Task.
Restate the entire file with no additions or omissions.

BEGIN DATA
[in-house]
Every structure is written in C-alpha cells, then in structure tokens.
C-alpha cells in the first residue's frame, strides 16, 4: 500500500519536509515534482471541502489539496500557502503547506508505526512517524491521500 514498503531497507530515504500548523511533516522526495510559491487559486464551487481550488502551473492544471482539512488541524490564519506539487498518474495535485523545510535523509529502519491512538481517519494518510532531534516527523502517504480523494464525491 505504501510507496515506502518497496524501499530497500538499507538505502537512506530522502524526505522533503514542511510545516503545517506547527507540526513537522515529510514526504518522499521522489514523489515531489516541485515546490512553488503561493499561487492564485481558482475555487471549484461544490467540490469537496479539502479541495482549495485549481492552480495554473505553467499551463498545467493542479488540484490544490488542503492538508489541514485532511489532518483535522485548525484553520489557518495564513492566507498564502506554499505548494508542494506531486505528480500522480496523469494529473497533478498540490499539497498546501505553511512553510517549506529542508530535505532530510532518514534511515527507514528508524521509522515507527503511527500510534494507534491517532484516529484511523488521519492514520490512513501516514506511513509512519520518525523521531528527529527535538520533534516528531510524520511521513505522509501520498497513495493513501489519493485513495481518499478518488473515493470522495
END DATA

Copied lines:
[in-house]
Every structure is written in C-alpha cells, then in structure tokens.
C-alpha cells in the first residue's frame, strides 16, 4: 500500500519536509515534482471541502489539496500557502503547506508505526512517524491521500 514498503531497507530515504500548523511533516522526495510559491487559486464551487481550488502551473492544471482539512488541524490564519506539487498518474495535485523545510535523509529502519491512538481517519494518510532531534516527523502517504480523494464525491 505504501510507496515506502518497496524501499530497500538499507538505502537512506530522502524526505522533503514542511510545516503545517506547527507540526513537522515529510514526504518522499521522489514523489515531489516541485515546490512553488503561493499561487492564485481558482475555487471549484461544490467540490469537496479539502479541495482549495485549481492552480495554473505553467499551463498545467493542479488540484490544490488542503492538508489541514485532511489532518483535522485548525484553520489557518495564513492566507498564502506554499505548494508542494506531486505528480500522480496523469494529473497533478498540490499539497498546501505553511512553510517549506529542508530535505532530510532518514534511515527507514528508524521509522515507527503511527500510534494507534491517532484516529484511523488521519492514520490512513501516514506511513509512519520518525523521531528527529527535538520533534516528531510524520511521513505522509501520498497513495493513501489519493485513495481518499478518488473515493470522495